Treaty of New Echota
The discovery of gold in north Georgia led to the Cherokee Removal Bill in 1830, and whites swarmed over Cherokee land. Without authorization from Cherokee Chief John Ross, Ridge and a few other Cherokee signed the Treaty of New Echota and agreed to removal west of the Mississippi in exchange for $5 million.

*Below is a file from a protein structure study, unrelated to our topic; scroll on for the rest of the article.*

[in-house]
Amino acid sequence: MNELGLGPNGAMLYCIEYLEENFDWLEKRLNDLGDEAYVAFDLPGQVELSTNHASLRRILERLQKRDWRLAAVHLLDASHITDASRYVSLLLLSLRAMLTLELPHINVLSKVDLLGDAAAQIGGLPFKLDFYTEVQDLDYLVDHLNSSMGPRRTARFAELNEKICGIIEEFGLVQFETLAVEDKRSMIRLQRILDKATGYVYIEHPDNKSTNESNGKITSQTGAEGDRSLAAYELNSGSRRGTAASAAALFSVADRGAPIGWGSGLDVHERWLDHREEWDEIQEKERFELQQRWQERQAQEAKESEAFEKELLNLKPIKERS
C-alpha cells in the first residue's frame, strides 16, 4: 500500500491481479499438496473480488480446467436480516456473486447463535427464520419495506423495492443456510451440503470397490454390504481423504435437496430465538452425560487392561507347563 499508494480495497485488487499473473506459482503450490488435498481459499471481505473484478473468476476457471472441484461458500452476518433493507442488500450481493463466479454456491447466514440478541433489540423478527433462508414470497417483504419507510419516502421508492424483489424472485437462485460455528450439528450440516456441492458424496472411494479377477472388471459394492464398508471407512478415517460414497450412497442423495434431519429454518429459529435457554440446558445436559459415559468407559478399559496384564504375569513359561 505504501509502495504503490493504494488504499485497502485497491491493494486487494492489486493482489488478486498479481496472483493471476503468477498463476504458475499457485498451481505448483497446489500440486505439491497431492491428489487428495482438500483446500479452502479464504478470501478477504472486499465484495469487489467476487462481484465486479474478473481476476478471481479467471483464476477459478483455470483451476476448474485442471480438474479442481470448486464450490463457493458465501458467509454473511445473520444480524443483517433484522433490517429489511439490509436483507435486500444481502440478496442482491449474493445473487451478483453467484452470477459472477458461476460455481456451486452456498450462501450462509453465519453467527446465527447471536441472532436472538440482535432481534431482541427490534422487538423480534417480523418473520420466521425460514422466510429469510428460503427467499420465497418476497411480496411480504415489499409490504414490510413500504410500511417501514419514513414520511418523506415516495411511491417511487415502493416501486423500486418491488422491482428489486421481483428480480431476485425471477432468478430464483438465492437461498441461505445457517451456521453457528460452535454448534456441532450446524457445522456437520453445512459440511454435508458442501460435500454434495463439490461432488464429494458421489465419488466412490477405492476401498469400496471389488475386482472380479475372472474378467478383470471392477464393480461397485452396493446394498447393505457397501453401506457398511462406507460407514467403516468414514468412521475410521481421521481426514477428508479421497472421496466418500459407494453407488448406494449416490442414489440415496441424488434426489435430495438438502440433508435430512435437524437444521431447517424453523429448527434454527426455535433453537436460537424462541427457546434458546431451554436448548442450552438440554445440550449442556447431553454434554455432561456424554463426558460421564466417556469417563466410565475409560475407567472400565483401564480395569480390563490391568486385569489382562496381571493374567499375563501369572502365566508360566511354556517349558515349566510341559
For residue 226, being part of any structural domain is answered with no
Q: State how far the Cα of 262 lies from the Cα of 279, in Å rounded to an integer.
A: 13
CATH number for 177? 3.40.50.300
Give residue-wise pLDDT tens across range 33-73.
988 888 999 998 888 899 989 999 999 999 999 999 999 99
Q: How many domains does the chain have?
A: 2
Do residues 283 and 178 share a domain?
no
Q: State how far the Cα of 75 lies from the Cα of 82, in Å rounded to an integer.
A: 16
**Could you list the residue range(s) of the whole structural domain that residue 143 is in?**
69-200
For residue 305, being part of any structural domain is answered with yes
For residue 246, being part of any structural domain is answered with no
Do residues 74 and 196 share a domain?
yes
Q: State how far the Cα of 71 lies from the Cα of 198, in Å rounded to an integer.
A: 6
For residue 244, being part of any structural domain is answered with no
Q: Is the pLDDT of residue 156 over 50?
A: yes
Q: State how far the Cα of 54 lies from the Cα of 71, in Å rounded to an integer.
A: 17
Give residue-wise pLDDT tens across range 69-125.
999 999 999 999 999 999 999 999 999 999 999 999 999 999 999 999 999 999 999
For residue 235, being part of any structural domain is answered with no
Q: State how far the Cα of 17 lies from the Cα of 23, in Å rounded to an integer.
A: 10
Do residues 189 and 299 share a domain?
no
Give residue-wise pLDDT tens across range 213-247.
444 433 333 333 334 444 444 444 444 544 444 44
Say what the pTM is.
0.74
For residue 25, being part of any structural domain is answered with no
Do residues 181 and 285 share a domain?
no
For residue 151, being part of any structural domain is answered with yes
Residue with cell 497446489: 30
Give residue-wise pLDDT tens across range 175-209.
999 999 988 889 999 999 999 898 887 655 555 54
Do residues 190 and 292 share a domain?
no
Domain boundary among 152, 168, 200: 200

Though ratified by one vote in the U.S. Senate, the Cherokee Nation rejected the treaty, leading directly to forced removal in 1838. In retaliation, Major Ridge, his son John, and Elias Boudinot were all assassinated by other Cherokees in 1839, compounding the tragedy of the treaty signed on December 29, 1835, Today in Georgia History.
More than 4,000 out of 15,000 Cherokees died during the Trail of Tears.